Observations From The Jamie Farr Toledo Classic Final Round

A crowd gathers at the ninth as Seo Yeon Ryu putts.

Four players started the afternoon tied for first. One by one, they fell back. But by the ninth hole, a crowd was gathering in anticipation of a special round from So Yeon Ryu. In the end, she shot a nine under 62 and finished twenty under par. That round included birdies on 3, 5, 9, 10, 11, 12, 13, 14, and 18.


After the round, Ryu said that when she finally made a par at fifteen, it “felt like a bogey.”

So Yeon Ryu tees off on the tenth. That would be the second of a string of six straight birdies.

Truth be told, it was all largely over by the time Ryu made the turn. Of the four who started the day in a tie for first at 11 under ( I.K. Kim, Jiyai Shin, Seo Yeon Ruy and Hee Kyung Seo), none made any further advance on par and finished at 11 under or worse.

Angela Stanford had the next best day. Shooting a -5, she worked her way from a t8 to solo second at -13.

As I said, it wasn’t close.

A crowd follows So Yeon Ryu as she heads up the 18th

Ryu broke into golf in a big way with a win in the 2011 US Women’s Open, but this was her first regular LPGA win. She’s a product of the Korean Golf Association’s player development system, and having followed her for nine holes, I’m impressed by her game. Ryu, however, says that she has a long way to go with her short game to—in her words—reach the level of Stacey Lewis or Yani Tseng. To that end, she’s working with Dave Stockton. She said that a text message from Stockton prior to the round helped buoy her. Stockton’s advice: Keep smiling and enjoy the golf.

Ryu evaluates her final putt.

While following Ryu, it occurred to me that the weekend hacker could learn a lot from these ladies. The game they play is much closer to the one we play than the PGA Tour. The ladies play from what I judge to be the middle tees and their club selection is what you might expect of a better male amateur. Ryu, for example, averages 260 off the tee. That doesn’t come close to men’s Tour players, but reliable studies show that the average amateur drives the ball just 200 yards (but THINKS he’s 30 yards longer).

What the ladies have over better amateur men is consistency. They just don’t have the misses that keep amateurs from having a good round.

Think about this: Ryu shot a nine under 62 from the men’s middle tees—with an average drive of 260. I challenge the braggarts in your weekend game to match that feat.

Paula Creamer signs autographs after her round

Having spent a week at the Jamie Farr Toledo Classic, I’m sold on the product that the LPGA offers. It’s competitive professional golf in a family friendly atmosphere. Players seem to go out of their way to be nice to the fans, taking time after the rounds to sign autographs, pose for pictures and just generally interact with fans. Each caddy had their players’ twitter handles on their bibs, encouraging future interaction.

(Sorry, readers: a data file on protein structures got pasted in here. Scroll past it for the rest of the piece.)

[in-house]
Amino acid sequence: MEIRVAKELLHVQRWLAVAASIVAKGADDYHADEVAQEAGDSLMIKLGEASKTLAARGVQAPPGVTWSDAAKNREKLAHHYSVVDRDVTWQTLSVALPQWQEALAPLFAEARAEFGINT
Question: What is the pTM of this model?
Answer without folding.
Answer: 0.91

The facilities were nice and the entire place free of the detritus you might expect with large crowds. Beer and wine were served, but there were no bands of drunken rowdies. There were, however, lots of parents and their kids.  All the volunteers that I encountered—and bless them for their dedication—were exceedingly friendly and helpful. Not a surly one in the bunch.

Volunteers donate their time—and money, since they have to buy their uniforms—to make the tournament work

If you needed something other than watching golf all day, there were a couple of distractions. Kia turned the entire course into a showroom floor, displaying cars at various locations. If you visited the Kia tent at the entrance, you could get a bar coded badge which you used to check in at the car displays. Spectators who completed the rotation could pick up a golf towel on the way out.

I’m infatuated with their Optima Limited. Several of the shuttle cars I rode to and from the media parking lot were Optimas. Nice cars.

A Kia display

Near the entrance, Florida’s Natural Orange Juice, Kroger’s, Pepsi, Pure Silk, and Sunology all had tents with giveaways. Owens Corning’s Pink Panther (not Creamer; a person in a mascot suit) made appearances to get his photo taken with the spectators.

Florida’s Natural Display Booth

Sponsor Owens-Illinois had a FourSquare game. If you “checked in” at different spots on the course, you became eligible for free drinks and other premiums. I never did find out where the premiums were located, though. I also found the game a bit curious because the official spectator regulations actually forbid cell phones. So … if cell phones are verboten, how was anyone expected to “check” in?

Finally a word about the charities this event supports: Aurora House, The Boys and Girls Club of Toledo, the Family and Child Abuse Prevention Center, Feed Lucas County Children, Kids Unlimited, Mom’s House, Ronald McDonald House, The Victory Center and the YMCA. The tournament also offers college scholarships.  Sometimes I think that in the excitement and fun of the competition, spectators can forget that virtually every professional golf event is staged as an effort to support local charities.

I’m looking forward to going back next year. Thanks LPGA for granting this blogger media credentials.

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